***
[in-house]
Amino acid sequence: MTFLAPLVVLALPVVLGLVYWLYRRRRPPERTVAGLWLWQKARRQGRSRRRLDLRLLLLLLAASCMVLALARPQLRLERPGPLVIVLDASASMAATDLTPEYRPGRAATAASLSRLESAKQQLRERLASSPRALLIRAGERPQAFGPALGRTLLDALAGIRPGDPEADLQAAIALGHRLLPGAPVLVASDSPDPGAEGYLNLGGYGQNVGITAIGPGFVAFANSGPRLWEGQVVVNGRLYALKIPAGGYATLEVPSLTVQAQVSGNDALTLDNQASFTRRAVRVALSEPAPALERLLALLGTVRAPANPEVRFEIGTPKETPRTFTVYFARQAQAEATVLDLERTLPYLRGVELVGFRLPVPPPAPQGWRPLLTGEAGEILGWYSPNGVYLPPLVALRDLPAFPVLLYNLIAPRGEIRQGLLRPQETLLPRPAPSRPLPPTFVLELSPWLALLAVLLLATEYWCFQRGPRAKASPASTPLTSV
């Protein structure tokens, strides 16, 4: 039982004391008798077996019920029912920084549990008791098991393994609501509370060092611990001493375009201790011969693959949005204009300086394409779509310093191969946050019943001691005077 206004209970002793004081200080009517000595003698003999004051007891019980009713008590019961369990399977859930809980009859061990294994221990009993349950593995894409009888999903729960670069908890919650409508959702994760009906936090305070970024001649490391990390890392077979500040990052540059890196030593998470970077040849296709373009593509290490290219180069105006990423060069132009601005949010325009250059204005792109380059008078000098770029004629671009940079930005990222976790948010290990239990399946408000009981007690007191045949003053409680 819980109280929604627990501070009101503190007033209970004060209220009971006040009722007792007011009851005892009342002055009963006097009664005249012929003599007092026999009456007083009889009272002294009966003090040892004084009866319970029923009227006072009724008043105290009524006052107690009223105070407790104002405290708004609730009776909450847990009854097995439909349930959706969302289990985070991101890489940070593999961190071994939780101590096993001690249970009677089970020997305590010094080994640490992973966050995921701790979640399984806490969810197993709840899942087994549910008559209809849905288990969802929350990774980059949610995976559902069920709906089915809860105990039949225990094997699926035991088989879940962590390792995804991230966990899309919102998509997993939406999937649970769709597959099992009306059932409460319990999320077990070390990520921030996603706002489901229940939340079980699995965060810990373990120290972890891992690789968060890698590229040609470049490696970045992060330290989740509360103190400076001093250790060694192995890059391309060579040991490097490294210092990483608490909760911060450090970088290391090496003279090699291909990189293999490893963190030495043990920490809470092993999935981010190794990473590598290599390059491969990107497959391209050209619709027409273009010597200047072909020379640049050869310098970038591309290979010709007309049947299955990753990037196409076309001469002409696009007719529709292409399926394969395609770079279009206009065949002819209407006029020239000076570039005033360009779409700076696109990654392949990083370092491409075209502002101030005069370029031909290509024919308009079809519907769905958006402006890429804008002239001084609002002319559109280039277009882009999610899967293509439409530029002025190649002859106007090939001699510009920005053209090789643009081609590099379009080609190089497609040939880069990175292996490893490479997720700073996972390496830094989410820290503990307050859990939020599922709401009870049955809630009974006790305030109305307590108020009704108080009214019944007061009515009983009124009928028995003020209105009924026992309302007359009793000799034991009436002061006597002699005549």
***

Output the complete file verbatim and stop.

[in-house]
Amino acid sequence: MTFLAPLVVLALPVVLGLVYWLYRRRRPPERTVAGLWLWQKARRQGRSRRRLDLRLLLLLLAASCMVLALARPQLRLERPGPLVIVLDASASMAATDLTPEYRPGRAATAASLSRLESAKQQLRERLASSPRALLIRAGERPQAFGPALGRTLLDALAGIRPGDPEADLQAAIALGHRLLPGAPVLVASDSPDPGAEGYLNLGGYGQNVGITAIGPGFVAFANSGPRLWEGQVVVNGRLYALKIPAGGYATLEVPSLTVQAQVSGNDALTLDNQASFTRRAVRVALSEPAPALERLLALLGTVRAPANPEVRFEIGTPKETPRTFTVYFARQAQAEATVLDLERTLPYLRGVELVGFRLPVPPPAPQGWRPLLTGEAGEILGWYSPNGVYLPPLVALRDLPAFPVLLYNLIAPRGEIRQGLLRPQETLLPRPAPSRPLPPTFVLELSPWLALLAVLLLATEYWCFQRGPRAKASPASTPLTSV
């Protein structure tokens, strides 16, 4: 039982004391008798077996019920029912920084549990008791098991393994609501509370060092611990001493375009201790011969693959949005204009300086394409779509310093191969946050019943001691005077 206004209970002793004081200080009517000595003698003999004051007891019980009713008590019961369990399977859930809980009859061990294994221990009993349950593995894409009888999903729960670069908890919650409508959702994760009906936090305070970024001649490391990390890392077979500040990052540059890196030593998470970077040849296709373009593509290490290219180069105006990423060069132009601005949010325009250059204005792109380059008078000098770029004629671009940079930005990222976790948010290990239990399946408000009981007690007191045949003053409680 819980109280929604627990501070009101503190007033209970004060209220009971006040009722007792007011009851005892009342002055009963006097009664005249012929003599007092026999009456007083009889009272002294009966003090040892004084009866319970029923009227006072009724008043105290009524006052107690009223105070407790104002405290708004609730009776909450847990009854097995439909349930959706969302289990985070991101890489940070593999961190071994939780101590096993001690249970009677089970020997305590010094080994640490992973966050995921701790979640399984806490969810197993709840899942087994549910008559209809849905288990969802929350990774980059949610995976559902069920709906089915809860105990039949225990094997699926035991088989879940962590390792995804991230966990899309919102998509997993939406999937649970769709597959099992009306059932409460319990999320077990070390990520921030996603706002489901229940939340079980699995965060810990373990120290972890891992690789968060890698590229040609470049490696970045992060330290989740509360103190400076001093250790060694192995890059391309060579040991490097490294210092990483608490909760911060450090970088290391090496003279090699291909990189293999490893963190030495043990920490809470092993999935981010190794990473590598290599390059491969990107497959391209050209619709027409273009010597200047072909020379640049050869310098970038591309290979010709007309049947299955990753990037196409076309001469002409696009007719529709292409399926394969395609770079279009206009065949002819209407006029020239000076570039005033360009779409700076696109990654392949990083370092491409075209502002101030005069370029031909290509024919308009079809519907769905958006402006890429804008002239001084609002002319559109280039277009882009999610899967293509439409530029002025190649002859106007090939001699510009920005053209090789643009081609590099379009080609190089497609040939880069990175292996490893490479997720700073996972390496830094989410820290503990307050859990939020599922709401009870049955809630009974006790305030109305307590108020009704108080009214019944007061009515009983009124009928028995003020209105009924026992309302007359009793000799034991009436002061006597002699005549």